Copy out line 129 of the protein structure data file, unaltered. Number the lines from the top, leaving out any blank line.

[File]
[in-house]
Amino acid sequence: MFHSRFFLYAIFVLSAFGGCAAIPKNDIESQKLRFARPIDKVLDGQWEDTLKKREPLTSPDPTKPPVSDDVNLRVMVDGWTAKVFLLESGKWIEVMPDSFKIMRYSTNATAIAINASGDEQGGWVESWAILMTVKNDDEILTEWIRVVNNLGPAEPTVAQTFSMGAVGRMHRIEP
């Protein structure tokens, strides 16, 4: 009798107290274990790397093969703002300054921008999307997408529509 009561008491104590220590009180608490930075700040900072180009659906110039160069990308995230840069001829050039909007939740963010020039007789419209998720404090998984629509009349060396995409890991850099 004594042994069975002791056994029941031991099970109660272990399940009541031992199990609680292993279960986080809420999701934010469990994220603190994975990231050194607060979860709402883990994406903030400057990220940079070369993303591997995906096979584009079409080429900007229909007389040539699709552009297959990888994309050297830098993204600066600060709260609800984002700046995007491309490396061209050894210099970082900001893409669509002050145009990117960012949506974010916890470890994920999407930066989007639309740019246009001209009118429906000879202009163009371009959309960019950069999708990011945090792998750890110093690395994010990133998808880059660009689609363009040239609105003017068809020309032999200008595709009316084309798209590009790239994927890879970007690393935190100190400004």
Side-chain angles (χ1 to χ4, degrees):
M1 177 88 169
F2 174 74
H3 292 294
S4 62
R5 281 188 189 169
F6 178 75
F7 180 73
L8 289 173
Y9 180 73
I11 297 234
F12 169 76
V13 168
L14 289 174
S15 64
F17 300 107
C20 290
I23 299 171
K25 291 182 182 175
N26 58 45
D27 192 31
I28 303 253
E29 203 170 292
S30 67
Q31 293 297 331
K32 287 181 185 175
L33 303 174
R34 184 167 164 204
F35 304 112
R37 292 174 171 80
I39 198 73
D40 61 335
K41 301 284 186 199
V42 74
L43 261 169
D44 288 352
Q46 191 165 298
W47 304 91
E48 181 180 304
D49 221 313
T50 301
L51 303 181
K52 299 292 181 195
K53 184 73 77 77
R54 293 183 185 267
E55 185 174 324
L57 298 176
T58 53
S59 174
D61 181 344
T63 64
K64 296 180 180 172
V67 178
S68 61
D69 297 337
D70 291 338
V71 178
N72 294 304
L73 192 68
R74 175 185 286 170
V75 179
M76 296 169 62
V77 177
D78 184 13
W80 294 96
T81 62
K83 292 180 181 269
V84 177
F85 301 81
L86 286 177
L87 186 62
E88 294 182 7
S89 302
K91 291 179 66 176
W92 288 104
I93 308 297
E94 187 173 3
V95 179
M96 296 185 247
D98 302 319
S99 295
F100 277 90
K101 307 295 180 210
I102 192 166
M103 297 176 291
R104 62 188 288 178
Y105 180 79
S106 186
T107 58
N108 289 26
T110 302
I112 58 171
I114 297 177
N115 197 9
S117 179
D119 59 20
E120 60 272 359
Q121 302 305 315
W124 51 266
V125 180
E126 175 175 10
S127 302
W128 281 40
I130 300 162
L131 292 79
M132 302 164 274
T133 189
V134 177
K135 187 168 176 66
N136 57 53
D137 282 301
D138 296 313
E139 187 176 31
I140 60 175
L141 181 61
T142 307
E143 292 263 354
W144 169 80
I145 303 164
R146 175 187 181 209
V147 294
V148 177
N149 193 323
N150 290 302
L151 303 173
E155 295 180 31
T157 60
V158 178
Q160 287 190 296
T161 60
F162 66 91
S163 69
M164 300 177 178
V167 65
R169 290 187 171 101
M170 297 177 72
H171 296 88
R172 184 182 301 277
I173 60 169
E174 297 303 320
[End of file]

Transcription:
E155 295 180 31